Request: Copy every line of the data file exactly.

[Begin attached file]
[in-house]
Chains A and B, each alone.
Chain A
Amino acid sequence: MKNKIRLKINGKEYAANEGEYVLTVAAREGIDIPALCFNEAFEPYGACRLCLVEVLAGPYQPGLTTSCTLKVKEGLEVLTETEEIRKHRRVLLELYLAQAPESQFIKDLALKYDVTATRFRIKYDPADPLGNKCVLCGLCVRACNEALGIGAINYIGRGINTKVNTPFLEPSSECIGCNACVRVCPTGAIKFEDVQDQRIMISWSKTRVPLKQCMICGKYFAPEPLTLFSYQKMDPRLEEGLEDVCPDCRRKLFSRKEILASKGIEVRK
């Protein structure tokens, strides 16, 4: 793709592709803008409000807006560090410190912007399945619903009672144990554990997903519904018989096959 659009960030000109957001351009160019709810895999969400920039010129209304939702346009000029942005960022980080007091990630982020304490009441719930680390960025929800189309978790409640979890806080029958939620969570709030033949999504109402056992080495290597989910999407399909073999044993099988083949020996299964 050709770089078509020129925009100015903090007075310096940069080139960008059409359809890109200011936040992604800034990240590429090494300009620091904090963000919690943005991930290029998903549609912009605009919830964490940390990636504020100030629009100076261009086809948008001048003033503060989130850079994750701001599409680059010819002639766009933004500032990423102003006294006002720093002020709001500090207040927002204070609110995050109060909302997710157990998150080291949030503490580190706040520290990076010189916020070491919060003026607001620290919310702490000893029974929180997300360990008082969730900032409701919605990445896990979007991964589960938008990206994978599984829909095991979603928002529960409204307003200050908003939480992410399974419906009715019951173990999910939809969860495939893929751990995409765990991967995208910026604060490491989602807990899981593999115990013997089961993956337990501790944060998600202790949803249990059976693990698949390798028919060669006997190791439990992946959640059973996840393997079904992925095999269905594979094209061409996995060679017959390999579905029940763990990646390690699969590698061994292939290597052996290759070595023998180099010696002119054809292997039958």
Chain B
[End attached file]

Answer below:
[in-house]
Chains A and B, each alone.
Chain A
Amino acid sequence: MKNKIRLKINGKEYAANEGEYVLTVAAREGIDIPALCFNEAFEPYGACRLCLVEVLAGPYQPGLTTSCTLKVKEGLEVLTETEEIRKHRRVLLELYLAQAPESQFIKDLALKYDVTATRFRIKYDPADPLGNKCVLCGLCVRACNEALGIGAINYIGRGINTKVNTPFLEPSSECIGCNACVRVCPTGAIKFEDVQDQRIMISWSKTRVPLKQCMICGKYFAPEPLTLFSYQKMDPRLEEGLEDVCPDCRRKLFSRKEILASKGIEVRK
């Protein structure tokens, strides 16, 4: 793709592709803008409000807006560090410190912007399945619903009672144990554990997903519904018989096959 659009960030000109957001351009160019709810895999969400920039010129209304939702346009000029942005960022980080007091990630982020304490009441719930680390960025929800189309978790409640979890806080029958939620969570709030033949999504109402056992080495290597989910999407399909073999044993099988083949020996299964 050709770089078509020129925009100015903090007075310096940069080139960008059409359809890109200011936040992604800034990240590429090494300009620091904090963000919690943005991930290029998903549609912009605009919830964490940390990636504020100030629009100076261009086809948008001048003033503060989130850079994750701001599409680059010819002639766009933004500032990423102003006294006002720093002020709001500090207040927002204070609110995050109060909302997710157990998150080291949030503490580190706040520290990076010189916020070491919060003026607001620290919310702490000893029974929180997300360990008082969730900032409701919605990445896990979007991964589960938008990206994978599984829909095991979603928002529960409204307003200050908003939480992410399974419906009715019951173990999910939809969860495939893929751990995409765990991967995208910026604060490491989602807990899981593999115990013997089961993956337990501790944060998600202790949803249990059976693990698949390798028919060669006997190791439990992946959640059973996840393997079904992925095999269905594979094209061409996995060679017959390999579905029940763990990646390690699969590698061994292939290597052996290759070595023998180099010696002119054809292997039958």
Chain B